Characterization of adipose tissue and adipose-tissue derived stem cells in Lipedema




Al-Ghadban, Sara
Bunnell, Bruce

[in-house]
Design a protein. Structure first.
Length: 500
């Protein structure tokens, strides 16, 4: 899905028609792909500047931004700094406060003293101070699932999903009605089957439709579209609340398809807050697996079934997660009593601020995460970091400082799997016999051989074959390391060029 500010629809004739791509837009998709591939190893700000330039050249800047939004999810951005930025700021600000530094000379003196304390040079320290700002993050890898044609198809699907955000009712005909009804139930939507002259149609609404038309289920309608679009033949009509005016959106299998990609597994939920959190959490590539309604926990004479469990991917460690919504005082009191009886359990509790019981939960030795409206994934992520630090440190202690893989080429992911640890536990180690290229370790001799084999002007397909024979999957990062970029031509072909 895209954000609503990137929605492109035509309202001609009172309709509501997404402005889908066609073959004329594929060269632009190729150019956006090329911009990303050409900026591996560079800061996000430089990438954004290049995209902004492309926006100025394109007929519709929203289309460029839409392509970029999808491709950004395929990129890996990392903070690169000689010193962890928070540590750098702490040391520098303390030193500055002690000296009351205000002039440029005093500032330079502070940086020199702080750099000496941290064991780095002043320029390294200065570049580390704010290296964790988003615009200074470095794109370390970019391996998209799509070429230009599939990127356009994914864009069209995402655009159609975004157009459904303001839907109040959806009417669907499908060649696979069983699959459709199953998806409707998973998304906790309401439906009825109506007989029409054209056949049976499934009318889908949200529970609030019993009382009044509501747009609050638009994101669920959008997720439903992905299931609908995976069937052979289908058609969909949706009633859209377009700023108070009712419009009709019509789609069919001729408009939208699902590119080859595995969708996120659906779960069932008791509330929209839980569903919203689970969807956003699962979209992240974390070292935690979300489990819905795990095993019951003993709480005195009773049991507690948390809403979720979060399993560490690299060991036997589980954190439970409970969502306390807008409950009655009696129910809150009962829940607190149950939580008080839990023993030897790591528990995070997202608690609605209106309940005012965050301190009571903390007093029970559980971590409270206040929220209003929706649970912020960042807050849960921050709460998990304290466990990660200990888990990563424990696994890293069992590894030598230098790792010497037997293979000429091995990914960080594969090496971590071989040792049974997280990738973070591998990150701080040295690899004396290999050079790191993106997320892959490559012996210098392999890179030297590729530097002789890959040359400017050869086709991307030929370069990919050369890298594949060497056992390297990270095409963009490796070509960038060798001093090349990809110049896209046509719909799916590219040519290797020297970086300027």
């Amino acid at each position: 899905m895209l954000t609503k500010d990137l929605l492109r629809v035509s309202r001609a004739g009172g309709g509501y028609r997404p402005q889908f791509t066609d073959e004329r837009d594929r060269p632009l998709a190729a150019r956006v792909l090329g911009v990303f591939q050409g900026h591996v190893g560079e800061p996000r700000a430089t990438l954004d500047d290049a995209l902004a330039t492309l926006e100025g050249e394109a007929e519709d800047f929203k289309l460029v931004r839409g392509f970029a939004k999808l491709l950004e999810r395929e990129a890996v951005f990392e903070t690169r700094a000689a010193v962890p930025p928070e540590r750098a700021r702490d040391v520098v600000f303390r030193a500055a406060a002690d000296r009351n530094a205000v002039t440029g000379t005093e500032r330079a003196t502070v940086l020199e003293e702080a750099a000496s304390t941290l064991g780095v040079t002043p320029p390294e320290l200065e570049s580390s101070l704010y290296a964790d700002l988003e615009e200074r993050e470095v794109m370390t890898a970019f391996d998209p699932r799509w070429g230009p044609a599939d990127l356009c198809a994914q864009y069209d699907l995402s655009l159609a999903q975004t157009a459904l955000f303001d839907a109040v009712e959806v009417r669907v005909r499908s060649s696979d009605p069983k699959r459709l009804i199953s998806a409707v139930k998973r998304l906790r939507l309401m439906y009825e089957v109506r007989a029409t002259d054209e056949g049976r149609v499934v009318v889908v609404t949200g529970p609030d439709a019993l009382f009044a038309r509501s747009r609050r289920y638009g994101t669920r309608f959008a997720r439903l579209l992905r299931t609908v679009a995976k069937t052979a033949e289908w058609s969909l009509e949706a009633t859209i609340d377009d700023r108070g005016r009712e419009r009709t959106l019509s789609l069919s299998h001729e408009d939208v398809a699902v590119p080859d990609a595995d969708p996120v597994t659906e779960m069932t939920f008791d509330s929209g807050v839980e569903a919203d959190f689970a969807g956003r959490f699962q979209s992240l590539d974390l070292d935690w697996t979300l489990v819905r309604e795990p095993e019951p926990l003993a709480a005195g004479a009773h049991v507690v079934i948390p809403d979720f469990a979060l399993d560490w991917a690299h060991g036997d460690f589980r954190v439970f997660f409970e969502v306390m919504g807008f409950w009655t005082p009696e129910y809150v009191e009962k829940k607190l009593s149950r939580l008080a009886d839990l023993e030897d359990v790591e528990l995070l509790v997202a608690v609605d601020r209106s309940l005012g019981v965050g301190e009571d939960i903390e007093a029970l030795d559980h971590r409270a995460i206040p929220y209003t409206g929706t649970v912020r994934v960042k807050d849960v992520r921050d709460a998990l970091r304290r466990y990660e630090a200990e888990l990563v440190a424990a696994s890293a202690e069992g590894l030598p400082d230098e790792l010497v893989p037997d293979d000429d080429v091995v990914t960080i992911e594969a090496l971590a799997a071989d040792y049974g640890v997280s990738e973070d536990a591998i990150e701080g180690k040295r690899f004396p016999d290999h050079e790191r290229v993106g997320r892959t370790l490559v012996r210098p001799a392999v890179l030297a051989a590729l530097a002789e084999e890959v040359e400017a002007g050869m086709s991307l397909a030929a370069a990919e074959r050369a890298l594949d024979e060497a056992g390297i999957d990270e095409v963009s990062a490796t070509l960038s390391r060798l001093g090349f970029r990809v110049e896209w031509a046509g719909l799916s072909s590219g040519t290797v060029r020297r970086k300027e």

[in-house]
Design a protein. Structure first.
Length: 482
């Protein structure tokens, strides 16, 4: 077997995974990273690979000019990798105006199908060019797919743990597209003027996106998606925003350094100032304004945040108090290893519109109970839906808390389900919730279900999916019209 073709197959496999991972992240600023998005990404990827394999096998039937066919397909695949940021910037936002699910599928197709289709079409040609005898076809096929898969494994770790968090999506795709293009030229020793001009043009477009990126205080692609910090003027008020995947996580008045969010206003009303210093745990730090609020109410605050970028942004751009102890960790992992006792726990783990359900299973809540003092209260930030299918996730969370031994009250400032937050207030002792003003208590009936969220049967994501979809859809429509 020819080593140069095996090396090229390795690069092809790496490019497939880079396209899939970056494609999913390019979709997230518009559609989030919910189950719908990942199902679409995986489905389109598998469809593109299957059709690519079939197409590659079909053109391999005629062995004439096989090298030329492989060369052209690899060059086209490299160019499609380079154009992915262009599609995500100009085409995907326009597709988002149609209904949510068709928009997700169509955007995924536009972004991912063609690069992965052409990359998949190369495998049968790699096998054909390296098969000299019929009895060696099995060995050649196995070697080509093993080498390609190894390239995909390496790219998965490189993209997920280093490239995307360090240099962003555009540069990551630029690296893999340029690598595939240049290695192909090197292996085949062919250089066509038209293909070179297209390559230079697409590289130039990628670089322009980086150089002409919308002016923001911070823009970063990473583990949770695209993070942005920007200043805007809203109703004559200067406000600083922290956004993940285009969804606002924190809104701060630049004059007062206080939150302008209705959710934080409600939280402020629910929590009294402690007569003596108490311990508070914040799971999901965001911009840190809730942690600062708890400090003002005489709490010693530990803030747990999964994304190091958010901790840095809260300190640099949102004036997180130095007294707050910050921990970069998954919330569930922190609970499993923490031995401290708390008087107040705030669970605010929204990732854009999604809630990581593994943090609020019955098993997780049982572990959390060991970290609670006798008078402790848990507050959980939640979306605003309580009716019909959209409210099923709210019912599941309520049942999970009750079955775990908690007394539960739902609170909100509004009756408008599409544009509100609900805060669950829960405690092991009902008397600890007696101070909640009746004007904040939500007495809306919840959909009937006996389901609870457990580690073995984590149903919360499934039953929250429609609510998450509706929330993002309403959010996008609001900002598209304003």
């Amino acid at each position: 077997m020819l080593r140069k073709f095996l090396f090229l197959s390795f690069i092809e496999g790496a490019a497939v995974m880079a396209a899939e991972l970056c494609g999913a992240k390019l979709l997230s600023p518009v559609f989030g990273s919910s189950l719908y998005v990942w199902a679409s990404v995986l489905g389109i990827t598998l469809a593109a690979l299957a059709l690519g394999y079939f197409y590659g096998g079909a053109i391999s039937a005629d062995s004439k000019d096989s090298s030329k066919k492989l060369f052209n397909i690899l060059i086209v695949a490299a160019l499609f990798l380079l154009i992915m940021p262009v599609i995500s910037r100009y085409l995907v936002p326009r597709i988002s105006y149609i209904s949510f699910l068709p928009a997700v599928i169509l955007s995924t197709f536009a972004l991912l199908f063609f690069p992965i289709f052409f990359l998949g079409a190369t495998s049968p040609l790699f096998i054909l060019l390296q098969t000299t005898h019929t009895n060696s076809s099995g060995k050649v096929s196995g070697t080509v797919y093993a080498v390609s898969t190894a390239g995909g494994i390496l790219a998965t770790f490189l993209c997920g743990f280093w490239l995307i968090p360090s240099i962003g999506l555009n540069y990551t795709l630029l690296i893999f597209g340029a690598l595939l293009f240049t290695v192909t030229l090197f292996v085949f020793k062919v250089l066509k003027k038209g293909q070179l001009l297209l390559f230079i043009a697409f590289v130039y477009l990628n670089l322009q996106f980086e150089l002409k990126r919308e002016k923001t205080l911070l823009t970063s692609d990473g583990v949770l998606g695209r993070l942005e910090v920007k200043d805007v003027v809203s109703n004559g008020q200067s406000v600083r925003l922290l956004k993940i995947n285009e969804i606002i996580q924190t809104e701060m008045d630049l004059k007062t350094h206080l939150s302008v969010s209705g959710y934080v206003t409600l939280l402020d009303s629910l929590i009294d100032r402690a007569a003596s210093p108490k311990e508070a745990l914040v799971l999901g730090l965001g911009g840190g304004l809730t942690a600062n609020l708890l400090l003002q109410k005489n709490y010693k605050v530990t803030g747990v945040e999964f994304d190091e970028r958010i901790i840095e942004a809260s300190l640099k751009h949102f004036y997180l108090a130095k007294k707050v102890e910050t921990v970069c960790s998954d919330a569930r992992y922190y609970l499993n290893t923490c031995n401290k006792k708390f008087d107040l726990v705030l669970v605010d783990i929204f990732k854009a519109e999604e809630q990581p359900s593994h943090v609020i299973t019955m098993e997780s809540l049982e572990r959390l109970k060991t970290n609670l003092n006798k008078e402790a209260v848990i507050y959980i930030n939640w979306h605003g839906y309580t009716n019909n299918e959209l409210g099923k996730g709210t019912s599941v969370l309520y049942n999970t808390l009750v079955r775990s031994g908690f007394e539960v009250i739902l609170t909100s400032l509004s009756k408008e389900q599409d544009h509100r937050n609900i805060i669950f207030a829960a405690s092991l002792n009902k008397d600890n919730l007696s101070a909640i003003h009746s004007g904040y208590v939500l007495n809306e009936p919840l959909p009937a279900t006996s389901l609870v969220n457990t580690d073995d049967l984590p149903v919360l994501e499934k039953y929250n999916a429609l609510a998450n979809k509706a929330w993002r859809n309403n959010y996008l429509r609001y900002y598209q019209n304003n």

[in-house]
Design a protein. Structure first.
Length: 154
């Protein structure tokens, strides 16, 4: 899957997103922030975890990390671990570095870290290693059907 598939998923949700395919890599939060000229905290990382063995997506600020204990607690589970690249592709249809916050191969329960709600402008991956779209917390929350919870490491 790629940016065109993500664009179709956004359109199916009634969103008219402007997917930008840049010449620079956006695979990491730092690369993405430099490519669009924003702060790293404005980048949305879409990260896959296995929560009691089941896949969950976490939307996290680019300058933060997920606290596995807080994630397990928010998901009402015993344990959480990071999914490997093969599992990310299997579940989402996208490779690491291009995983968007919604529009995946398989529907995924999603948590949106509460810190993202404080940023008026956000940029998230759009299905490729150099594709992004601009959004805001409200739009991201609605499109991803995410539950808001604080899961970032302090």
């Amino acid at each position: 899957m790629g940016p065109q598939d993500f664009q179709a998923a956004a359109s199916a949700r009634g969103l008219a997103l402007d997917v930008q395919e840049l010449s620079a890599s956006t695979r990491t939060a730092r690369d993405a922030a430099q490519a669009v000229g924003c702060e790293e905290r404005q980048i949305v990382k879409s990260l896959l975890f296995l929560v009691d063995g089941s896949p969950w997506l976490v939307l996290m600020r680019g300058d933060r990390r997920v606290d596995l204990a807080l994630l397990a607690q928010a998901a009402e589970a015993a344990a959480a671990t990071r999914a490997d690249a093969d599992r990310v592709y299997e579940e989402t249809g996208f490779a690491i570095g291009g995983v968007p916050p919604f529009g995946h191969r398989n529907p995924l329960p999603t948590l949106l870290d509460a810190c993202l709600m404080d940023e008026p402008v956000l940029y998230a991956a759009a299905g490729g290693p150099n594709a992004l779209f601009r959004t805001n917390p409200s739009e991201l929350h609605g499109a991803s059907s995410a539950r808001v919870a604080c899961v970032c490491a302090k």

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Purpose: Lipedema is a painful adipose tissue (AT) disorder that occurs almost exclusively in women, with onset manifesting at puberty or at times of hormonal change. This disorder is characterized by a symmetrical increase of fat deposition in the legs and the arms, sparing the hands and the feet. The goal of this study was to determine the histology of the skin and fat of lipedema tissue and characterize the adipose tissue-derived stem cells (ASCs) obtained from the stromal vascular fraction (SVF) of thigh AT of non-lipedema and lipedema patients. Methods: Histological sections from AT were stained with H&E. Adipocyte area was quantified using ImageJ software. Markers for macrophages (CD68) was investigated by immunohistochemistry. ASCs were characterized by the expression of stemness markers and their multi-differentiation potential. Flow cytometry, RT-PCR and immunofluorescence assays were performed. Results: The data show hypertrophic adipocytes, increased numbers of macrophages and blood vessels in thigh tissue of women with lipedema compared to non-lipedema patients. Additionally, at the cellular level, an increase in the adipogenic differentiation potential with no change in the expression of mesenchymal markers (CD73, CD90 and CD105) or extracellular markers (collagen, fibronectin and laminin) was detected in lipedema ASCs compared to non-lipedema ASCs. Conclusion: Infiltration of immune cells, increase in adipocyte size and adipogenesis stimulates angiogenesis and fibrosis in lipedema AT. Defining the structure and the components of AT will provide insights into the pathophysiology of lipedema and will help researchers develop potential treatment for the disease.